Charles Dickens

Give him several to take away. Hold the light for him to read it.'

Mr Flintwinch did as he was directed, and Mr Dorrit read it through, as if he had not previously seen it; glad enough of the opportunity of collecting his presence of mind, which the air of the house and of the people in it had a little disturbed. While his eyes were on the paper, he felt that the eyes of Mr Flintwinch and of Mrs Clennam were on him. He found, when he looked up, that this sensation was not a fanciful one.

'Now you know as much,' said Mrs Clennam, 'as we know, sir. Is Mr Blandois a friend of yours?'

'No--a--hum--an acquaintance,' answered Mr Dorrit.

'You have no commission from him, perhaps?'

'I? Ha. Certainly not.'

The searching look turned gradually to the floor, after taking Mr Flintwinch's face in its way. Mr Dorrit, discomfited by finding that he was the questioned instead of the questioner, applied himself to the reversal of that unexpected order of things.

'I am--ha--a gentleman of property, at present residing in Italy with my family, my servants, and--hum--my rather large establishment. Being in London for a short time on affairs connected with--ha--my estate, and hearing of this strange disappearance, I wished to make myself acquainted with the circumstances at first-hand, because there is--ha hum--an English gentleman in Italy whom I shall no doubt see on my return, who has been in habits of close and daily intimacy with Monsieur Blandois. Mr Henry Gowan. You may know the name.'

'Never heard of it.' Mrs Clennam said it, and Mr Flintwinch echoed it.

'Wishing to--ha--make the narrative coherent and consecutive to him,' said Mr Dorrit, 'may I ask--say, three questions?'

'Thirty, if you choose.'

'Have you known Monsieur Blandois long?'

'Not a twelvemonth. Mr Flintwinch here, will refer to the books and tell you when, and by whom at Paris he was introduced to us. If that,' Mrs Clennam added, 'should be any satisfaction to you. It is poor satisfaction to us.'

'Have you seen him often?'

'No. Twice. Once before, and--' 'That once,' suggested Mr Flintwinch.

'And that once.'

'Pray, madam,' said Mr Dorrit, with a growing fancy upon him as he recovered his importance, that he was in some superior way in the Commission of the Peace; 'pray, madam, may I inquire, for the greater satisfaction of the gentleman whom I have the honour to-- ha--retain, or protect or let me say to--hum--know--to know--Was Monsieur Blandois here on business on the night indicated in this present sheet?'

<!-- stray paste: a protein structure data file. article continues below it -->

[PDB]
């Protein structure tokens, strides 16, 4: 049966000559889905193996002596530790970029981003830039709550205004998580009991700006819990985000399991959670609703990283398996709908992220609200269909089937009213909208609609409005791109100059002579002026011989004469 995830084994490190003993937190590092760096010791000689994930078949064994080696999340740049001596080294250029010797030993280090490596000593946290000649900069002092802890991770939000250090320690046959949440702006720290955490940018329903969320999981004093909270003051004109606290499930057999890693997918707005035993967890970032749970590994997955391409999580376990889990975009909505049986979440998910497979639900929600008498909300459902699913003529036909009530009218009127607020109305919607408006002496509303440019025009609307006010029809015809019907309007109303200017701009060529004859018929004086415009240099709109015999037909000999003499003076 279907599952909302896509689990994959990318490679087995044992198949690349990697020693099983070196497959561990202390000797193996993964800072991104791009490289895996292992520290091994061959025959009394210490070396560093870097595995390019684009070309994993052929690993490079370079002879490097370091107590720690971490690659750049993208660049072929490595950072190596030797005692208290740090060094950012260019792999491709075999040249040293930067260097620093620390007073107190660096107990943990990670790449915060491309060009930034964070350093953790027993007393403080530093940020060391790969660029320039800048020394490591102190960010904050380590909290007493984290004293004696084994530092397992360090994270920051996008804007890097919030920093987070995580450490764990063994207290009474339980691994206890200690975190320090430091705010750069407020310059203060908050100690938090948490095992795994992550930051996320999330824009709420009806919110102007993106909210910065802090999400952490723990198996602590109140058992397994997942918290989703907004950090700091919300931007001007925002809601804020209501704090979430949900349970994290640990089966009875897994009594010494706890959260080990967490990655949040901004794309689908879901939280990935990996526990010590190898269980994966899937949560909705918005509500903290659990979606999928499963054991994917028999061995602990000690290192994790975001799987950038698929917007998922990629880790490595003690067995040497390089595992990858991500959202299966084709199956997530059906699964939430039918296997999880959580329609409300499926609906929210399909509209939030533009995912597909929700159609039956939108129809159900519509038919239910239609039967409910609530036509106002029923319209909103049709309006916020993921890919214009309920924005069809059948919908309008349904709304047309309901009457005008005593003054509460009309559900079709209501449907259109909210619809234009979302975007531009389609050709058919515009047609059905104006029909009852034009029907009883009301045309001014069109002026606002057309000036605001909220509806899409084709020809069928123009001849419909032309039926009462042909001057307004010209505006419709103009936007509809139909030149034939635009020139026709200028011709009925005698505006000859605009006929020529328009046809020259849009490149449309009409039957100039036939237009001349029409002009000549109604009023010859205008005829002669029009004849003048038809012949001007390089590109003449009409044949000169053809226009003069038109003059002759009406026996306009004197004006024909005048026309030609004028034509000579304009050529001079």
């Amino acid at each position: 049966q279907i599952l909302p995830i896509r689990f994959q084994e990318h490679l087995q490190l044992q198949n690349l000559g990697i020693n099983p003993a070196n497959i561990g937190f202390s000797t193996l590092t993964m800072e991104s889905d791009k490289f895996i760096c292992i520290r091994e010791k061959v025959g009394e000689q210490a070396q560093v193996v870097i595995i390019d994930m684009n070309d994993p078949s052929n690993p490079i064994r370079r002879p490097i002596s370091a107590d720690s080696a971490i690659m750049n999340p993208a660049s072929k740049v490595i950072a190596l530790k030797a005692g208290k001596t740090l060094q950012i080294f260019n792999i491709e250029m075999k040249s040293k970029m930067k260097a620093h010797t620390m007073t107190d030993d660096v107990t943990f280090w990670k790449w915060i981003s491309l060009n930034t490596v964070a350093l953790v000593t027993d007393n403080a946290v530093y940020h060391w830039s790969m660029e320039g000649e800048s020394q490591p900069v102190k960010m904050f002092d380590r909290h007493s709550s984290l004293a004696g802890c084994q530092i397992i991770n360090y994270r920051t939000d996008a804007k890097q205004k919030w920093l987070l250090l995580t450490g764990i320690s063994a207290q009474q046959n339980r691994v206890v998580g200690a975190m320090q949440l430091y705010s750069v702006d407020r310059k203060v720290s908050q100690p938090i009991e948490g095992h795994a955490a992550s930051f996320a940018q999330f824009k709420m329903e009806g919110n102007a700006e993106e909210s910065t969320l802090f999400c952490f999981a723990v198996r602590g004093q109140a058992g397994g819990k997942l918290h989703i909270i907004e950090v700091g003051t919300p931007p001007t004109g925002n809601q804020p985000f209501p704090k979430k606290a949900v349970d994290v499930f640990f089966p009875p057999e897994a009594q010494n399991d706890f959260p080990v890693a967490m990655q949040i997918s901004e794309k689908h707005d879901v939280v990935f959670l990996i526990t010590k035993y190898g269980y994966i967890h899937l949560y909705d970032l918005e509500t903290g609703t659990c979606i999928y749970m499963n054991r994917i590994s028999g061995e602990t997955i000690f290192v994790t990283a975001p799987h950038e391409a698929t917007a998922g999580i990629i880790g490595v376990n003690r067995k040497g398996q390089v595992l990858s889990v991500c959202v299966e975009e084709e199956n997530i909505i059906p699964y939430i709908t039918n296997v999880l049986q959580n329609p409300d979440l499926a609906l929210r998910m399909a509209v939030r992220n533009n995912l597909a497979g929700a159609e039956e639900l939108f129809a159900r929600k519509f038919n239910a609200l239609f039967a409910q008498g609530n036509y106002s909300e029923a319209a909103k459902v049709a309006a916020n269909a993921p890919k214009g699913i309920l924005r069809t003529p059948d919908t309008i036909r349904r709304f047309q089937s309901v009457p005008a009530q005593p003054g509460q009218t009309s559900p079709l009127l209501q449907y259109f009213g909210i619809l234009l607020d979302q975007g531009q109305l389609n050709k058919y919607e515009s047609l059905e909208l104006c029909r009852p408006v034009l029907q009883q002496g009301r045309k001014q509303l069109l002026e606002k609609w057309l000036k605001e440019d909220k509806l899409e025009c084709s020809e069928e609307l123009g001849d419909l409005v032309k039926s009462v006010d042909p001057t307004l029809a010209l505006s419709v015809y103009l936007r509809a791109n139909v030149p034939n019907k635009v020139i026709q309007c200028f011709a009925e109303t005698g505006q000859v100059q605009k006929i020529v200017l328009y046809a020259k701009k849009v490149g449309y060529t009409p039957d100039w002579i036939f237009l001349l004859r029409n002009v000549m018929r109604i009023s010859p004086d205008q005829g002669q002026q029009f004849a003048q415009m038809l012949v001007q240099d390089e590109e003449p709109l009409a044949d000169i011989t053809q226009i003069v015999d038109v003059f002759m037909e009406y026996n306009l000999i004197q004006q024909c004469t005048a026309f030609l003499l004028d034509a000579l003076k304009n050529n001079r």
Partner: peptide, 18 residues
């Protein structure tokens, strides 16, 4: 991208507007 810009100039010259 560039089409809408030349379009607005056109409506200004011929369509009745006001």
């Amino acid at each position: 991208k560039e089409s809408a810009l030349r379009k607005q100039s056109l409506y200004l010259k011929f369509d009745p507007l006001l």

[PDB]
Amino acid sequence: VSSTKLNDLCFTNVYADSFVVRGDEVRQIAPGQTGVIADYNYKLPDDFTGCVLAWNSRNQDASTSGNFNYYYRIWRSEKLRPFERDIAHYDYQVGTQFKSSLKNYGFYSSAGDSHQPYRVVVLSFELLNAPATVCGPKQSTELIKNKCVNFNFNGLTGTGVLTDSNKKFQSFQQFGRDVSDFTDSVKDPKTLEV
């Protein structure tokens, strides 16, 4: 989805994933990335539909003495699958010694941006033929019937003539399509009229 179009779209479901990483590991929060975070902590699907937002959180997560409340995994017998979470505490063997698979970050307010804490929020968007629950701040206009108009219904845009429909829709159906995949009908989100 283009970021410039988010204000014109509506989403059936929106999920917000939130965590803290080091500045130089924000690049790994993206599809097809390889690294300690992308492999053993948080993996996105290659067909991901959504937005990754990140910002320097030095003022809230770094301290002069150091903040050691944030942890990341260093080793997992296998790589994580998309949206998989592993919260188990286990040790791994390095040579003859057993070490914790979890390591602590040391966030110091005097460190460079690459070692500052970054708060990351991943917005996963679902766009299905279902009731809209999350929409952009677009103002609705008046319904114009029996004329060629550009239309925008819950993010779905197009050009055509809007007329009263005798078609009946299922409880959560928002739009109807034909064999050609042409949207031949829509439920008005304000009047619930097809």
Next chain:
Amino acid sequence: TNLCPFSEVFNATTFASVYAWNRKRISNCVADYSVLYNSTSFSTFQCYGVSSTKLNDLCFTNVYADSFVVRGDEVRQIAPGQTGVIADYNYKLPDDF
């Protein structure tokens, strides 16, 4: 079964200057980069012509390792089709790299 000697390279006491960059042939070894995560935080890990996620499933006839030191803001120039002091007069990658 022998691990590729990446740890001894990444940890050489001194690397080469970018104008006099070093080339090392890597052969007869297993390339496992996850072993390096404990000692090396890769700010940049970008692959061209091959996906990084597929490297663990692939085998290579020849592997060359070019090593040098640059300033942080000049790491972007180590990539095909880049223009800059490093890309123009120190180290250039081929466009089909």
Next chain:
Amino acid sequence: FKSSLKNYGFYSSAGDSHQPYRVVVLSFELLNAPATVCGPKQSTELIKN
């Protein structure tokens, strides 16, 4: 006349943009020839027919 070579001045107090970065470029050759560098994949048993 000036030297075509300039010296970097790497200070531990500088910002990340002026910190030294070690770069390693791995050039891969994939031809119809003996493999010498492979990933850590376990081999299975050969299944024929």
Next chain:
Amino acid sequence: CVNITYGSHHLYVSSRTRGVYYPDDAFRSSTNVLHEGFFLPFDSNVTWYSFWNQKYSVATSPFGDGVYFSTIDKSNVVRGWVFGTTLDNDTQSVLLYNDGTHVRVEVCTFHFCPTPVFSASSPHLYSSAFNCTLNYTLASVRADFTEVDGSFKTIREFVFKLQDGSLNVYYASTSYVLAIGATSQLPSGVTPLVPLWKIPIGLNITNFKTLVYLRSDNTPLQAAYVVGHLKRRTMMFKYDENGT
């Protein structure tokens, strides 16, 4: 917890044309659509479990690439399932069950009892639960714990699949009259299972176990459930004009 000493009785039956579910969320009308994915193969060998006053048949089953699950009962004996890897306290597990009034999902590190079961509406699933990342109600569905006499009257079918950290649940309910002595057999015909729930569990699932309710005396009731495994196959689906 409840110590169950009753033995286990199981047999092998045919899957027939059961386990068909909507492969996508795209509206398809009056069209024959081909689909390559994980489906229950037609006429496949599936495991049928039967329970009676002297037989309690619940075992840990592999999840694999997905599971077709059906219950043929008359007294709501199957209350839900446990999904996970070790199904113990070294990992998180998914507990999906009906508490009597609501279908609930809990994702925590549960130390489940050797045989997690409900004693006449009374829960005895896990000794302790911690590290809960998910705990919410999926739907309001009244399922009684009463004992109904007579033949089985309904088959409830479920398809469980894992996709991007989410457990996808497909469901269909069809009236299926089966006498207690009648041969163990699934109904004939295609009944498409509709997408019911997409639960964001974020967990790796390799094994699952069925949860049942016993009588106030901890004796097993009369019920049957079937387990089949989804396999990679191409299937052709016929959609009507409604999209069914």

'On what he called business,' returned Mrs Clennam.

'Is--ha--excuse me--is its nature to be communicated?'


It was evidently impracticable to pass the barrier of that reply.

'The question has been asked before,' said Mrs Clennam, 'and the answer has been, No. We don't choose to publish our transactions, however unimportant, to all the town. We say, No.'

'I mean, he took away no money with him, for example,' said Mr Dorrit.

'He took away none of ours, sir, and got none here.'

'I suppose,' observed Mr Dorrit, glancing from Mrs Clennam to Mr Flintwinch, and from Mr Flintwinch to Mrs Clennam, 'you have no way of accounting to yourself for this mystery?'

'Why do you suppose so?' rejoined Mrs Clennam.

Disconcerted by the cold and hard inquiry, Mr Dorrit was unable to assign any reason for his supposing so.

'I account for it, sir,' she pursued after an awkward silence on Mr Dorrit's part, 'by having no doubt that he is travelling somewhere, or hiding somewhere.'

'Do you know--ha--why he should hide anywhere?'


It was exactly the same No as before, and put another barrier up. 'You asked me if I accounted for the disappearance to myself,' Mrs Clennam sternly reminded him, 'not if I accounted for it to you. I do not pretend to account for it to you, sir. I understand it to be no more my business to do that, than it is yours to require that.'

Mr Dorrit answered with an apologetic bend of his head. As he stepped back, preparatory to saying he had no more to ask, he could not but observe how gloomily and fixedly she sat with her eyes fastened on the ground, and a certain air upon her of resolute waiting; also, how exactly the self-same expression was reflected in Mr Flintwinch, standing at a little distance from her chair, with his eyes also on the ground, and his right hand softly rubbing his chin.